Lester collects unusual trophies.
|On a cold winter evening in the stark Nebraska Sandhills, a Ford Bronco barreled through climbing snowdrifts on County Road 87. As the sun faded below the western horizon, the Bronco slid sideways and circled twice on the snow packed road before Lester regained control. He tightened his grip on the wheel, cursed the weather and gunned the decrepit vehicle’s engine. Chunks of ice catapulted from the undercarriage like transparent cannon balls, careening in every direction as the Bronco lurched forward. Lester’s latest trophy tumbled backwards, rolled in its own blood and came to rest against the Bronco’s hatch.
Lester cursed again. “Damn weather.” He leaned forward, doing his best to see through the dirty, spider-web-cracked glass. The Bronco’s worn-out windshield wipers struggled and chattered; doing their best to get Lester home. The tired SUV bulldozed snow dunes as the wipers labored and sustained their singsong cadence. Back and forth they went. Swish…clunk…swish…clunk.
Lester tried to ignore the pesky noise. He tried to ignore the voices in his head, too. He didn’t want the voices in his head again, they said bad things, they made him do bad things, but like a bad penny…they were back.
“Lester’s no good…Lester’s no good…Lester’s no good,” the voices chorused, accompanied by the wipers’ steady beat.
The voices had stopped after the government forced Lester to see a psychiatrist. He didn’t like government people meddling in his business, but they had warned him. “If you don’t get help, see a doctor, your disability check won’t be in the mail next month, Lester,” the social worker had said. So Lester played their game for awhile, but he grew tired of being told what to do and when to do it and went back to his old ways.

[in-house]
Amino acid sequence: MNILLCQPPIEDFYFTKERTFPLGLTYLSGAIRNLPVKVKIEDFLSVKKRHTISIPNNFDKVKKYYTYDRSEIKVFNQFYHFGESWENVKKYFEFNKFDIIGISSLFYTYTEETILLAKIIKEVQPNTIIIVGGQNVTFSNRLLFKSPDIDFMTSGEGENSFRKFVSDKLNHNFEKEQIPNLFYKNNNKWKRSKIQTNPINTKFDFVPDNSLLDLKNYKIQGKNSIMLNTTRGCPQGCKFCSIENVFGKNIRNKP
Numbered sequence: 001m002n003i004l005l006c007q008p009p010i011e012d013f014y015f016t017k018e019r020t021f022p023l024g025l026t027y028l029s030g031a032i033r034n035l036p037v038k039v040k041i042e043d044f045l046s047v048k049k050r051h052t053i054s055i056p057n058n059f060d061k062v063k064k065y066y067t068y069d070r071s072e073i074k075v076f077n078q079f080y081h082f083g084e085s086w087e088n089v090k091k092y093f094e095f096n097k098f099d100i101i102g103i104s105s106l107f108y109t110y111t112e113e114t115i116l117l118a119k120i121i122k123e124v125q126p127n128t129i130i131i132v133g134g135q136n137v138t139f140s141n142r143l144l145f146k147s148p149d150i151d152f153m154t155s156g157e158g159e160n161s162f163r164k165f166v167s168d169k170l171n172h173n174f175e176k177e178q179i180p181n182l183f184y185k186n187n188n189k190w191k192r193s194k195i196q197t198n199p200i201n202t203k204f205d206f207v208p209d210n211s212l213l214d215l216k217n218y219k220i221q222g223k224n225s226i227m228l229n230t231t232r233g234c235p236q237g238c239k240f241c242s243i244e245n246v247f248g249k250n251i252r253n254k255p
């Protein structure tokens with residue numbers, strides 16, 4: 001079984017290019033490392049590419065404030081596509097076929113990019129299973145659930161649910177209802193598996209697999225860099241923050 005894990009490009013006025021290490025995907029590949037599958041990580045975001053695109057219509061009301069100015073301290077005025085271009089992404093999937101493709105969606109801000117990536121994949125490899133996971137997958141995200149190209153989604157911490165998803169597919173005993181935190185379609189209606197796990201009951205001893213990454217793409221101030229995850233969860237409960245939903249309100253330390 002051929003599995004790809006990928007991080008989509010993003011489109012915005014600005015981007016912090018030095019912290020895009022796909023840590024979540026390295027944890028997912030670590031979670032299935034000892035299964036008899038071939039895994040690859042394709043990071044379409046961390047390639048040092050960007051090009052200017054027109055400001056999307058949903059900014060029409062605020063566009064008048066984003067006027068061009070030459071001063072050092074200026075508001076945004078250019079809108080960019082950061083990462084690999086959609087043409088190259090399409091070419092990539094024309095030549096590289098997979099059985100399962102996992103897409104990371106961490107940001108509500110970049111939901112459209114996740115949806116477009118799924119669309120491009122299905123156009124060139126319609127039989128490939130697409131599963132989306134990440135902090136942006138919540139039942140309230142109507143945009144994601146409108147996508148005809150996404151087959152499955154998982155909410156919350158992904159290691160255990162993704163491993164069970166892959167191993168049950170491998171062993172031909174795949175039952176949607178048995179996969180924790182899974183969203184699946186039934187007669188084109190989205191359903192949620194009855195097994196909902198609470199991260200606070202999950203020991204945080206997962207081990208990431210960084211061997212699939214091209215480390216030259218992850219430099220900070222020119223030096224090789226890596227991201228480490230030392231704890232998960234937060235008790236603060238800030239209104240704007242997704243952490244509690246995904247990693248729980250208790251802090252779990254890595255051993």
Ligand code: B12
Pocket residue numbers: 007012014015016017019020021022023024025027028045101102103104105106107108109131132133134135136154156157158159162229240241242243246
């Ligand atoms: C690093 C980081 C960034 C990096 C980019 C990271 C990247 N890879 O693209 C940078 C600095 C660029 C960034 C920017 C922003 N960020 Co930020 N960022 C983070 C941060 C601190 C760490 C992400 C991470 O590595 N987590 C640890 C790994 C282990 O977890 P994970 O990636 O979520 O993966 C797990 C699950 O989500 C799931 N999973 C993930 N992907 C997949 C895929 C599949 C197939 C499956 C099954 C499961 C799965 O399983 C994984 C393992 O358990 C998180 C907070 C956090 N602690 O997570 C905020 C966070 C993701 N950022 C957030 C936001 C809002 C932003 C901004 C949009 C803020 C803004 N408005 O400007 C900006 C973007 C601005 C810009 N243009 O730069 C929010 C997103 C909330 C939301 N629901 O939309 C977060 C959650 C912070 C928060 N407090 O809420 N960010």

Lester drove down to Chadron once a week. He would sit in a soft chair and pretend to listen to what the psychiatrist said. “Sometimes parents abuse their children. Sometimes terrible things happen in our lives, but we must forgive and forget. We know what’s best for you, Lester.” Then she would give him pills. In the beginning he swallowed the pills and the voices went away. In time, Lester grew weary of the doctor’s game. He outfoxed her and hid the pills under his tongue. This was his way of playing the game that he missed. When she turned away, he would spit the rainbow colored capsules into his palm. He fooled the psychiatrist just like he had bamboozled the sheriff back in the winter of ’98.
Sheriff Rogers and Lester stood in the driveway and watched as the coroner’s car drove away, followed by a large black car that carried his parents. The sheriff cleared his throat, hiked up his pants and said, “I’m sorry ‘bout your folks, Lester. Who’d ever believe your daddy could do such a thing to your mama, then go to the barn and take his own life like that?”